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if they cannot, they feel they are in the position of slaves—and to repay good with good— failing which, no exchange takes place, and it is exchange that binds them together. [7] This is why we set up a shrine of the Graces in a public place, to remind men to return a kindness; for that is a special characteristic of grace, since it is a duty not only to repay a service done one, but another time to take the initiative in doing a service oneself. [8]

Now proportionate requital is effected by diagonal conjunction. For example, let A be a builder, B a shoemaker, C a house, and D a shoe. It is required that the builder shall receive from the shoemaker a portion of the product of his labor, and give him a portion of the product of his own. Now1 if proportionate equality between the products be first established, and then reciprocation take place, the requirement indicated will have been achieved; but if this is not done, the bargain is not equal, and intercourse does not continue. For it may happen that the product of one of the parties is worth more than that of the other, and in that case therefore they have to be equalized. [9] This holds good with the other arts as well; for they would have passed out of existence if the active element did not produce, and did not receive the equivalent in quantity and quality of what the passive element receives.2 For an association for interchange of services is not formed between two physicians, but between a physician and a farmer, and generally between persons who are different, and who may be unequal, though in that case they have to be equalized. [10] Hence all commodities exchanged must be able to be compared in some way. It is to meet this requirement that men have introduced money; money constitutes in a manner a middle term, for it is a measure of all things, and so of their superior or inferior value, that is to say, how many shoes are equivalent to a house or to a given quantity of food. As therefore a builder is to a shoemaker,3 so must such and such a number of shoes be to a house, [or to a given quantity of food]4; for without this reciprocal proportion, there can be no exchange and no association; and it cannot be secured unless the commodities in question be equal in a sense. [11]

It is therefore necessary that all commodities shall be measured by some one standard, as was said before. And this standard is in reality demand, which is what holds everything together, since if men cease to have wants or if their wants alter, exchange will go on no longer, or will be on different lines. But demand has come to be conventionally represented by money; this is why money is called nomisma (customary currency), because it does not exist by nature but by custom (nomos), and can be altered and rendered useless5 at will. [12]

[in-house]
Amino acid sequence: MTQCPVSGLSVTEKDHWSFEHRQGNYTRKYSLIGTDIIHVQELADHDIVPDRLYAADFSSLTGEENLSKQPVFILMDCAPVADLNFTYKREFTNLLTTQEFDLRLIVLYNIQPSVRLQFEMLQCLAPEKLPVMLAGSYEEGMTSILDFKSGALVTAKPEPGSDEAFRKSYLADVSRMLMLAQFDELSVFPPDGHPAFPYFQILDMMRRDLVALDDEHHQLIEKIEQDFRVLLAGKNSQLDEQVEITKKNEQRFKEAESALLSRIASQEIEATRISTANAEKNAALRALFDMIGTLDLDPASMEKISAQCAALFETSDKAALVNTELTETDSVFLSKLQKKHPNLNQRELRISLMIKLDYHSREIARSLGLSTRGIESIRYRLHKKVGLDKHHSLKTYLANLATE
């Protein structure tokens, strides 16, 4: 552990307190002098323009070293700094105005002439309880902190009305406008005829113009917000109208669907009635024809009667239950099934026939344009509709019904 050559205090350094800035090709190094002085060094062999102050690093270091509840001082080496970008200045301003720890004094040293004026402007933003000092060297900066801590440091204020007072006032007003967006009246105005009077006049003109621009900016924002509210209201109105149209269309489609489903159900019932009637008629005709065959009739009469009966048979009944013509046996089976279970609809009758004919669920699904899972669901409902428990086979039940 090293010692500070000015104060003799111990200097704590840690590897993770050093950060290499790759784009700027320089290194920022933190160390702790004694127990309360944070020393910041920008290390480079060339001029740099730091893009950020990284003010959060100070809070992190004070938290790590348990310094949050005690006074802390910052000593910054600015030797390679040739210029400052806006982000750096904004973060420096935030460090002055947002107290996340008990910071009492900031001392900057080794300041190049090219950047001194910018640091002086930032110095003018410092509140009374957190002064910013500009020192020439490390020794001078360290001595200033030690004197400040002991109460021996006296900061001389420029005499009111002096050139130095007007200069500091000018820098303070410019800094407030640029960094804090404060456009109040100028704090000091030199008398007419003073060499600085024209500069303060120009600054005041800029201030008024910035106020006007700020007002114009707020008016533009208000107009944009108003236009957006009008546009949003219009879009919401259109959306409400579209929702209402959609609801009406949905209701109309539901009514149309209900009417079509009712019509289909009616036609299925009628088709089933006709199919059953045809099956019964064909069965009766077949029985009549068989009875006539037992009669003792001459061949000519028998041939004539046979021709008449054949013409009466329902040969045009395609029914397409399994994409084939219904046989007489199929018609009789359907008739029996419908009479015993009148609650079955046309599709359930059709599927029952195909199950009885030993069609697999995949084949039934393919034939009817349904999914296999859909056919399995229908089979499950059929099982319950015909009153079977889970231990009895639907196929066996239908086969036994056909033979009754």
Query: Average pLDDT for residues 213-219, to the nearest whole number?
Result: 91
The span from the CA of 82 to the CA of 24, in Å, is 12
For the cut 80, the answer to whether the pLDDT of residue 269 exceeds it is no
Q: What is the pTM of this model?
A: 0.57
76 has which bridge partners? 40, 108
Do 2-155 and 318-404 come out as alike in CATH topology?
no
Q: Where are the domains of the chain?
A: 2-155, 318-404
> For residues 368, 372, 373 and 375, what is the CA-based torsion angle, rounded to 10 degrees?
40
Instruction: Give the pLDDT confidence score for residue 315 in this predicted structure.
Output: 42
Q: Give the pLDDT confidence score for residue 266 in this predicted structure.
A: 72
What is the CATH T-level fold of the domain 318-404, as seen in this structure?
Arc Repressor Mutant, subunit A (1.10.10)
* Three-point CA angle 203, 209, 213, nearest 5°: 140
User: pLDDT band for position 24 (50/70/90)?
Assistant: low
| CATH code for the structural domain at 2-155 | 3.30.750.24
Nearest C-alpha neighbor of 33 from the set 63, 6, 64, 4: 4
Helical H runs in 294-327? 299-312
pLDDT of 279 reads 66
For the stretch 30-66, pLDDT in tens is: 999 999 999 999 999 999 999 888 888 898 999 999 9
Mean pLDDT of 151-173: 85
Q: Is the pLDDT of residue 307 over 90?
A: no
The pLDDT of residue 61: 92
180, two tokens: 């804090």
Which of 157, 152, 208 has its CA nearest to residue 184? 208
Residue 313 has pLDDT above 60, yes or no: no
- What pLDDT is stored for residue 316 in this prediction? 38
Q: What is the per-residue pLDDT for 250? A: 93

There will therefore be reciprocal proportion when the products have been equated, so that as farmer is to shoemaker,6 so may the shoemaker's product be to the farmer's product.

1 The relative value of the units of the two products must be ascertained, say one house must be taken as worth n. Then the four terms are and cross-conjunction gives totals A+nD, B+C, which are in ‘arithmetical proportion’ (see first note on 5.4.3) with the two first terms, i.e. the differentce between each pair is the same; the builder and the shoemaker after the transaction are by an equal amount richer than they were before they began to make the articles.

2 This sentence also appeared in the mss. above, at 4.12, where it made no sense. If genuine here, the phrases ‘active element’ and ‘passive element’ seem to mean producer and consumer. Even so, it is probable that there is some corruption; Jackson's insertion gives ‘unless the passive element produced the same in quantity and quality as the active, and the latter received the same in quantity and quality as the former.’

3 It is uncertain whether this merely refers to the difference in value (or perhaps in labor used in production) between the unit products of different trades, or whether it introduces the further conception that different kinds of producers have different social values and deserve different rates of reward.

4 Apparently interpolated from the last sentence.

5 ἄχρηστον also connotes ‘worthless,’ but an obsolete coin retains some value as metal.

6 See 5.10, first note.

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